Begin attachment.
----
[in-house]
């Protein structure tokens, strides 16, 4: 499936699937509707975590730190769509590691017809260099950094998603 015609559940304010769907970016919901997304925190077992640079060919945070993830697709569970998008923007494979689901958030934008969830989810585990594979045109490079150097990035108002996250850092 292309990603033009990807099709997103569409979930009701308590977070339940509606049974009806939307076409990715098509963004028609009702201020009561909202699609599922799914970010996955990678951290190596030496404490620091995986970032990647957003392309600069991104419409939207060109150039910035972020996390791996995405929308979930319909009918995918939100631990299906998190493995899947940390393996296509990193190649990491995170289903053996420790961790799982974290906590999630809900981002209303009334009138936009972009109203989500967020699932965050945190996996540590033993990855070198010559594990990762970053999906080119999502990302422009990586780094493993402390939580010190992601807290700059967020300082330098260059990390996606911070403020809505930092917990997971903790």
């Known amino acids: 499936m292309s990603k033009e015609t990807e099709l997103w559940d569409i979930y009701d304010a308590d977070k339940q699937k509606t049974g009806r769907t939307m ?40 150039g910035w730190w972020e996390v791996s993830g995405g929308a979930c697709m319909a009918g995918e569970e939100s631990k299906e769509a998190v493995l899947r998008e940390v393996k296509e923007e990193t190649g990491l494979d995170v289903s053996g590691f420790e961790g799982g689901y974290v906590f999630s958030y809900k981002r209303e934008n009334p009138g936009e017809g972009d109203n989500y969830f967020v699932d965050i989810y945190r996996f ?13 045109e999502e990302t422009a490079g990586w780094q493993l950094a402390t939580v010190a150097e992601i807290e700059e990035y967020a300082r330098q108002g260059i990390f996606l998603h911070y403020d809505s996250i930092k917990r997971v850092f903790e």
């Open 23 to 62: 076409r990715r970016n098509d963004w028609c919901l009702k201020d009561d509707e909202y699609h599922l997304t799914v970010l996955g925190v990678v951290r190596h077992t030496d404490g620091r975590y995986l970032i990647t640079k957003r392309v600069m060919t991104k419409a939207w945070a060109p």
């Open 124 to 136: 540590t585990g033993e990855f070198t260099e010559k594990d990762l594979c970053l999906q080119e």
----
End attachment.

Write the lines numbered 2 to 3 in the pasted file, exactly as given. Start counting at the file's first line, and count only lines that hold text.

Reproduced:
């Protein structure tokens, strides 16, 4: 499936699937509707975590730190769509590691017809260099950094998603 015609559940304010769907970016919901997304925190077992640079060919945070993830697709569970998008923007494979689901958030934008969830989810585990594979045109490079150097990035108002996250850092 292309990603033009990807099709997103569409979930009701308590977070339940509606049974009806939307076409990715098509963004028609009702201020009561909202699609599922799914970010996955990678951290190596030496404490620091995986970032990647957003392309600069991104419409939207060109150039910035972020996390791996995405929308979930319909009918995918939100631990299906998190493995899947940390393996296509990193190649990491995170289903053996420790961790799982974290906590999630809900981002209303009334009138936009972009109203989500967020699932965050945190996996540590033993990855070198010559594990990762970053999906080119999502990302422009990586780094493993402390939580010190992601807290700059967020300082330098260059990390996606911070403020809505930092917990997971903790």
């Known amino acids: 499936m292309s990603k033009e015609t990807e099709l997103w559940d569409i979930y009701d304010a308590d977070k339940q699937k509606t049974g009806r769907t939307m ?40 150039g910035w730190w972020e996390v791996s993830g995405g929308a979930c697709m319909a009918g995918e569970e939100s631990k299906e769509a998190v493995l899947r998008e940390v393996k296509e923007e990193t190649g990491l494979d995170v289903s053996g590691f420790e961790g799982g689901y974290v906590f999630s958030y809900k981002r209303e934008n009334p009138g936009e017809g972009d109203n989500y969830f967020v699932d965050i989810y945190r996996f ?13 045109e999502e990302t422009a490079g990586w780094q493993l950094a402390t939580v010190a150097e992601i807290e700059e990035y967020a300082r330098q108002g260059i990390f996606l998603h911070y403020d809505s996250i930092k917990r997971v850092f903790e």